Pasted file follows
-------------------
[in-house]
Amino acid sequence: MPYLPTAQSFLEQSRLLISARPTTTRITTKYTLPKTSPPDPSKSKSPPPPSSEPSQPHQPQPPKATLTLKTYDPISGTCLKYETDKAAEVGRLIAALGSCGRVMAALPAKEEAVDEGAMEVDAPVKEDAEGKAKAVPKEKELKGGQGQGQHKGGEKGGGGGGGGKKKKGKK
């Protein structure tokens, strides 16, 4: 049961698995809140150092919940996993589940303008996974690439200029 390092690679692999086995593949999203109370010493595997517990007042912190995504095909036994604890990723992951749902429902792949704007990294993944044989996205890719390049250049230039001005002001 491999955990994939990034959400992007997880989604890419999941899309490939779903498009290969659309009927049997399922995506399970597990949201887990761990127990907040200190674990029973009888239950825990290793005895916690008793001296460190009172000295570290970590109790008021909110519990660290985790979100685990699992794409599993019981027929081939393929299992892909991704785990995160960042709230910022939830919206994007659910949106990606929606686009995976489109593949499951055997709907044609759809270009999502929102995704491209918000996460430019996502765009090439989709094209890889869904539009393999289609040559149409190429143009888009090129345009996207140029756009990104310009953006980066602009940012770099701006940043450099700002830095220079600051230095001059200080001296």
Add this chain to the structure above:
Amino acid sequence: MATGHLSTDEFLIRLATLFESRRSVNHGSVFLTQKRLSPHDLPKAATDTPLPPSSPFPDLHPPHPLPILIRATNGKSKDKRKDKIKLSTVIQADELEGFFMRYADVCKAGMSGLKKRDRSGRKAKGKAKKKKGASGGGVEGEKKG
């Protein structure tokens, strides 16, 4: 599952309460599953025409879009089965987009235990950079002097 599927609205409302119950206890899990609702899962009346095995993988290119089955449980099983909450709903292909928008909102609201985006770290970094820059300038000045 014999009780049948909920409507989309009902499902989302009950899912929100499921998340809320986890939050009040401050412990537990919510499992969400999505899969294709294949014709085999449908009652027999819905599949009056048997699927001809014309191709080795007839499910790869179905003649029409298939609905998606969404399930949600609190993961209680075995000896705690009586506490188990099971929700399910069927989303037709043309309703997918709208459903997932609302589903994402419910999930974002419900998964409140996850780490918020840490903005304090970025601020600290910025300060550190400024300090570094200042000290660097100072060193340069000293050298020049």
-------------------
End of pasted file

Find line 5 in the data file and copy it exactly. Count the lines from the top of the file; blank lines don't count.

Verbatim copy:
Amino acid sequence: MATGHLSTDEFLIRLATLFESRRSVNHGSVFLTQKRLSPHDLPKAATDTPLPPSSPFPDLHPPHPLPILIRATNGKSKDKRKDKIKLSTVIQADELEGFFMRYADVCKAGMSGLKKRDRSGRKAKGKAKKKKGASGGGVEGEKKG